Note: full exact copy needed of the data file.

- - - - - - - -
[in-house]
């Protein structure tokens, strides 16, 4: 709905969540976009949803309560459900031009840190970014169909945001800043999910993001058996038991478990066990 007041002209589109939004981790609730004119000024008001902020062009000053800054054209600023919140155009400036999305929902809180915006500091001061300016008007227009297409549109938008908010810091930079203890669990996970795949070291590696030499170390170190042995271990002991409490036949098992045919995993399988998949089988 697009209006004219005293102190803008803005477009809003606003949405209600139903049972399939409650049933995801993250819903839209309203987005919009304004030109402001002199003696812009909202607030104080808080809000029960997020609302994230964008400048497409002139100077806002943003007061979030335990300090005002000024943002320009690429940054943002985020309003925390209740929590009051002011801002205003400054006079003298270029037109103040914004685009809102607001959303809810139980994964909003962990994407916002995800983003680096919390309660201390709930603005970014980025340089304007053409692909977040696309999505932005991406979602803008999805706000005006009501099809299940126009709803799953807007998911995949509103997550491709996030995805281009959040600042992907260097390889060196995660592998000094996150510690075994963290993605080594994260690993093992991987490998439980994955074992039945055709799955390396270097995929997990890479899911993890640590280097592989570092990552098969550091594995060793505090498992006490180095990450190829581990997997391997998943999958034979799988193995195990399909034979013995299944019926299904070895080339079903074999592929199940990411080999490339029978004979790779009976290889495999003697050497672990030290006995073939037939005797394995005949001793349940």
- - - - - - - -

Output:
[in-house]
């Protein structure tokens, strides 16, 4: 709905969540976009949803309560459900031009840190970014169909945001800043999910993001058996038991478990066990 007041002209589109939004981790609730004119000024008001902020062009000053800054054209600023919140155009400036999305929902809180915006500091001061300016008007227009297409549109938008908010810091930079203890669990996970795949070291590696030499170390170190042995271990002991409490036949098992045919995993399988998949089988 697009209006004219005293102190803008803005477009809003606003949405209600139903049972399939409650049933995801993250819903839209309203987005919009304004030109402001002199003696812009909202607030104080808080809000029960997020609302994230964008400048497409002139100077806002943003007061979030335990300090005002000024943002320009690429940054943002985020309003925390209740929590009051002011801002205003400054006079003298270029037109103040914004685009809102607001959303809810139980994964909003962990994407916002995800983003680096919390309660201390709930603005970014980025340089304007053409692909977040696309999505932005991406979602803008999805706000005006009501099809299940126009709803799953807007998911995949509103997550491709996030995805281009959040600042992907260097390889060196995660592998000094996150510690075994963290993605080594994260690993093992991987490998439980994955074992039945055709799955390396270097995929997990890479899911993890640590280097592989570092990552098969550091594995060793505090498992006490180095990450190829581990997997391997998943999958034979799988193995195990399909034979013995299944019926299904070895080339079903074999592929199940990411080999490339029978004979790779009976290889495999003697050497672990030290006995073939037939005797394995005949001793349940």